Although everything they found lined up with descriptions of the boat, cargo, and conditions under which she sank, they wanted to prove that this was the Melckmeyt. They used dendro-chronology to identify the age and provenance of the ship's timbers. This science analyzes the growth rings of the tree, and requires a minimum of 100 rings to be present in the sample in order to yield results.

The dendro-chronology revealed that the oak trees were felled in the early 17th century in the North German lowlands, which is consistent with the Melckmeyt. This is interpreted as definitive proof of the identity of the shipwreck. They also used photogrammetry to produce a 3-D digital model of the wreck. A 3-D printed model of the wreck was on display.

We really enjoyed this exhibit. It was fascinating to learn about how marine archaeological techniques were applied to identify and document this wreck.

We headed upstairs through an atrium wallpapered with labeled images of Iceland's fish. There are a lot of them! The permanent exhibition is called "Fish & Folk: 150 Years of Fisheries", which celebrates the history of Iceland's fishing traditions.

The design of the museum is quite clever and atmospheric (the building, like many others in Grandi, was once a fish factory). To enter the exhibit, you walk through vertically hung strips of vinyl, as if you are walking into a refrigerated warehouse. Many of the exhibits are displayed in totes full of glass cubes made to look like ice.

There were examples of navigation equipment, fish finding technology, sounding technology, knives, gaffs, hooks, sinkers, jigs, nets, long lines, floats, anchors, propellors, ships' wheels, crab traps, harpoons, sailmaking supplies,diving equipment, cooper's tools, ice saws, ice pincers, and an ice sledge.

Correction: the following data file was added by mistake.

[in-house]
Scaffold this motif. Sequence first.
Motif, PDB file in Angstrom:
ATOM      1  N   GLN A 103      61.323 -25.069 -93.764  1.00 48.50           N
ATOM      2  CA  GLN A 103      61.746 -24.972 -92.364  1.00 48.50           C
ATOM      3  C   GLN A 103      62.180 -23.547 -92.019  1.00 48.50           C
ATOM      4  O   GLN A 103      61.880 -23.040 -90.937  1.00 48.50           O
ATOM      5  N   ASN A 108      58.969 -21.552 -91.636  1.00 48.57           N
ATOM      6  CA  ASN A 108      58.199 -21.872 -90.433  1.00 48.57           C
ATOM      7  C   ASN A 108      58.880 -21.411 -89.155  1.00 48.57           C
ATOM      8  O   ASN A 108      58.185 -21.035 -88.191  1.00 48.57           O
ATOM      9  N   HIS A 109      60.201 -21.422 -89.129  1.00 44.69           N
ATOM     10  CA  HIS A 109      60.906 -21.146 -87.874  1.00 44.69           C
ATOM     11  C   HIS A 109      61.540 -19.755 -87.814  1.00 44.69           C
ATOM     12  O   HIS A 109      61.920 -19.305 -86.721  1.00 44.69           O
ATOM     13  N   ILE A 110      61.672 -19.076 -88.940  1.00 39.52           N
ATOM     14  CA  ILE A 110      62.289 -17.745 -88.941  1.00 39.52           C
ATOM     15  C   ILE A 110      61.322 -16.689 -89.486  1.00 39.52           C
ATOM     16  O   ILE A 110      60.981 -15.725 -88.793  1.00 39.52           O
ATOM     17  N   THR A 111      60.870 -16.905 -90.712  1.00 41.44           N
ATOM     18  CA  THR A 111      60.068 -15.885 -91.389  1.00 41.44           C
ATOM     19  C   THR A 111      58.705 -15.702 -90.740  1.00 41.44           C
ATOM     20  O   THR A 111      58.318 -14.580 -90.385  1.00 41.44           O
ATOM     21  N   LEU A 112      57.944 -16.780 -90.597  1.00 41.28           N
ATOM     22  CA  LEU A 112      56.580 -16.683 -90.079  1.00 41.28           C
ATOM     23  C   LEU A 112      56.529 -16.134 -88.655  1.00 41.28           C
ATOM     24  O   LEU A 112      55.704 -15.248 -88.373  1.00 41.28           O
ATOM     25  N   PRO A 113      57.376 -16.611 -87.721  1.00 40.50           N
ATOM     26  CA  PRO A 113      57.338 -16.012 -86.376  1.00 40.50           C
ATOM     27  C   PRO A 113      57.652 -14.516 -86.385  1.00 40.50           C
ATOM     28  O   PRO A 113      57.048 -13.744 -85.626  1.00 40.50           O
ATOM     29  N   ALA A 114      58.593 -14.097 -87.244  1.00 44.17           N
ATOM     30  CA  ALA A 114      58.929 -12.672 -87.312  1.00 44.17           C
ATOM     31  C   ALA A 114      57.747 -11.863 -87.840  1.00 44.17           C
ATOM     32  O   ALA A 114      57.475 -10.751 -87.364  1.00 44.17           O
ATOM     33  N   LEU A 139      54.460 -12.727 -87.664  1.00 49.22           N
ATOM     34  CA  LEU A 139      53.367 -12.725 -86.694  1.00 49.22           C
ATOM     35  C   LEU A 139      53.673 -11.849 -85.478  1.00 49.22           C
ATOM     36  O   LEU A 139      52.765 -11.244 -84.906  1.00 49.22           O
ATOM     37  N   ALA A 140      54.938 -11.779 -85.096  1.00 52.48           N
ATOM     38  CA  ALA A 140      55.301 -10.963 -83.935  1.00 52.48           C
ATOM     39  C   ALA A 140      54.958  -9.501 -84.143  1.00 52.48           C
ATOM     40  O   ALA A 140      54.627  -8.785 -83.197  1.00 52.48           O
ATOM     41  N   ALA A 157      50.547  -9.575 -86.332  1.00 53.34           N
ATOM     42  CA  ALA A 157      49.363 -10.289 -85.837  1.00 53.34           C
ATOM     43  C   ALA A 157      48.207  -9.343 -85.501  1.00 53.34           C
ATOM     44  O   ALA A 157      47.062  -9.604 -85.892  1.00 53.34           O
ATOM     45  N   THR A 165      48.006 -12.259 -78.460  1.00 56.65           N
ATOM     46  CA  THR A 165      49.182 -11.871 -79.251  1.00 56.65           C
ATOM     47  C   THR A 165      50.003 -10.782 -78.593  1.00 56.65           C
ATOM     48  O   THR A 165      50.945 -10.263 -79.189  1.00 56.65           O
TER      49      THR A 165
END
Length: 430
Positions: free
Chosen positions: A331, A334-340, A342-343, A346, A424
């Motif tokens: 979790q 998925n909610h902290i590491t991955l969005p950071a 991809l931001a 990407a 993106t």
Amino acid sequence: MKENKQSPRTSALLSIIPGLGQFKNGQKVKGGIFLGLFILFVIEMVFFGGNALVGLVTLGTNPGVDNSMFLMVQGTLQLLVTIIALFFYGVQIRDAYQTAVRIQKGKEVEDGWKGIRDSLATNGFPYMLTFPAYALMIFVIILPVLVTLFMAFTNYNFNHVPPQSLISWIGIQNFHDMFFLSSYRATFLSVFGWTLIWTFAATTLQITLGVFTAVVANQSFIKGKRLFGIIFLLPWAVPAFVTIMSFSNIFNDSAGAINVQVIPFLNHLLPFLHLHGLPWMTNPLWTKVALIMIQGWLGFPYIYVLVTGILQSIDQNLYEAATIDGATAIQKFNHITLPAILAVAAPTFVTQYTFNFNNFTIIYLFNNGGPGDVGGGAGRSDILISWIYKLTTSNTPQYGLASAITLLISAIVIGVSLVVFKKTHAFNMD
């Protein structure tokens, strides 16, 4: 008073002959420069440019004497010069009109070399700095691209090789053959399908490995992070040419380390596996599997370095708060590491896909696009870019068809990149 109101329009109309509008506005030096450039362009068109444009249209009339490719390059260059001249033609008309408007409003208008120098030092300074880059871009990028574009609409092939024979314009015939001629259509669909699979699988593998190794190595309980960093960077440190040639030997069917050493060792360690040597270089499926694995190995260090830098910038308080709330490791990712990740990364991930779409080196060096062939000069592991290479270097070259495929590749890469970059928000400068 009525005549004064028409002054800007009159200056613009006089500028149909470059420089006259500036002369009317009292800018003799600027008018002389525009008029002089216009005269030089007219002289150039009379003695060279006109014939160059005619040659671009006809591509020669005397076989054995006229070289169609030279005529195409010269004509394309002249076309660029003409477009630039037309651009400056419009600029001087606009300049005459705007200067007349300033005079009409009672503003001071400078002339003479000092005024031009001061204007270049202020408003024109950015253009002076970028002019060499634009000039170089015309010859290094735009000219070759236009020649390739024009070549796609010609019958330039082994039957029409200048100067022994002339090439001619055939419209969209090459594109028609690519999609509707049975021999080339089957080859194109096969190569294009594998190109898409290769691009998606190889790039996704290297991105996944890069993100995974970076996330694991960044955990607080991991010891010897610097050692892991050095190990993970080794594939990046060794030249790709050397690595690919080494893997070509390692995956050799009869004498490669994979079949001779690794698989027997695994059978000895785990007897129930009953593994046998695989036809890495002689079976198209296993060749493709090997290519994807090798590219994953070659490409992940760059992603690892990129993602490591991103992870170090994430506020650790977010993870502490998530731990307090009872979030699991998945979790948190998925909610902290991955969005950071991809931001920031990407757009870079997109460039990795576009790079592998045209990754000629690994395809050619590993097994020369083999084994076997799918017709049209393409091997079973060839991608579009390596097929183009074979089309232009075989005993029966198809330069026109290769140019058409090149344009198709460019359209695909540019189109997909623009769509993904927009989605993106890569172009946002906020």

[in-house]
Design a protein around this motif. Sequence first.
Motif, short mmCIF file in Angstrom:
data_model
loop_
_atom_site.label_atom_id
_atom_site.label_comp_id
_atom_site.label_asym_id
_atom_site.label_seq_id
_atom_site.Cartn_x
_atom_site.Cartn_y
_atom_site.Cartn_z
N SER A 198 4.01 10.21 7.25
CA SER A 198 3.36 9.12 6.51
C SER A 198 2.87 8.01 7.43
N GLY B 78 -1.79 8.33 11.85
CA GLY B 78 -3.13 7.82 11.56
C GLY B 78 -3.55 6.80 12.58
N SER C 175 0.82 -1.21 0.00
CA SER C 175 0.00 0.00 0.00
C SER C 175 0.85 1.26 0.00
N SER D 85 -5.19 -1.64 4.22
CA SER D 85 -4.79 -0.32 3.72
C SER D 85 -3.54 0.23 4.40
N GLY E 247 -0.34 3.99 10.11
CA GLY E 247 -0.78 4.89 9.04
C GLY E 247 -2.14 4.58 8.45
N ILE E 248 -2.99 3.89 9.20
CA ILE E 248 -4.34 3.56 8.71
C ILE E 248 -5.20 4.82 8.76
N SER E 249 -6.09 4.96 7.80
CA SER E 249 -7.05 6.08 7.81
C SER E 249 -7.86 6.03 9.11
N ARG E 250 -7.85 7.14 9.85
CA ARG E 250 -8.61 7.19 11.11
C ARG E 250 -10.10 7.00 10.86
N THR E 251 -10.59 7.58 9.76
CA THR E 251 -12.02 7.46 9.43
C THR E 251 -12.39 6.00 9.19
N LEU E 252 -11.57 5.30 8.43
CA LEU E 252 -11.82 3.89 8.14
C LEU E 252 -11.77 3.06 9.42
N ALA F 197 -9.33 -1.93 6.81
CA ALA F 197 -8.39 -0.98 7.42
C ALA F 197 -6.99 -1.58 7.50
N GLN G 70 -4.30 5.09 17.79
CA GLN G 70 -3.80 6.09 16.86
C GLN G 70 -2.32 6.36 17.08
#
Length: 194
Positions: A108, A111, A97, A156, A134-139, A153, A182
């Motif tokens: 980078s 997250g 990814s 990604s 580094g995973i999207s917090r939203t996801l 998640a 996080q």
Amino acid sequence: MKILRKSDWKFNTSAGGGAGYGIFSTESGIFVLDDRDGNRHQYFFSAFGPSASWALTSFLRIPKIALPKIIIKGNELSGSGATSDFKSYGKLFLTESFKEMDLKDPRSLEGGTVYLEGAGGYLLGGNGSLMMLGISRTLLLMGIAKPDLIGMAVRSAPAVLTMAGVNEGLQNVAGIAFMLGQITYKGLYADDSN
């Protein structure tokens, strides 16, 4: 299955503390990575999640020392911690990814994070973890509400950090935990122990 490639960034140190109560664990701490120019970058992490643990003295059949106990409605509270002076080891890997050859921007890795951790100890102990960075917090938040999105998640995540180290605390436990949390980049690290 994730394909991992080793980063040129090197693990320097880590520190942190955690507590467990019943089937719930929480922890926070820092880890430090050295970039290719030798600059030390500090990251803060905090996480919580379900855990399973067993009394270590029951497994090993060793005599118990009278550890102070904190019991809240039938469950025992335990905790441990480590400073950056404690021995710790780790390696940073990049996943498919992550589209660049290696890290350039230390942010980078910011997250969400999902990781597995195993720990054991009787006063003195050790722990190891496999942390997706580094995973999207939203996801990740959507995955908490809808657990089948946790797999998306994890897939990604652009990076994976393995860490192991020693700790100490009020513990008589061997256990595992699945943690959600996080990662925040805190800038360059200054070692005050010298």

We saw an Icelandic invention called the trawl line cutter. Iceland severed political ties with Denmark in 1944 and founded its modern republic. British trawlers would illegally fish in Icelandic waters following World War II, and Icelanders invented a weapon to combat this: trawl wire cutters. The design was a carefully guarded secret during the "Cod Wars", and consisted of a metal rod with four arms on it. There was a blade in the crotch of each of the arms, and when dragged behind Icelandic Coast Guard vessels (like the Óðinn), they would catch on trawling lines and cause them to part off, releasing the illegal catch back into the sea and damaging the trawling nets.

Artifacts relating to life on board included tinned coffee and milk as well as bottles of Brennivin. Protective clothing evolved from leather to oilskins to rubber/plastic rain suits. Boat building and repair tools were on display.

There was an interesting exhibit exploring how fisheries are represented in popular culture, from toy ships, postage stamps, fishing/nautical music, books, ceramic figurines, and jewelry to the Útvegsspilið board game.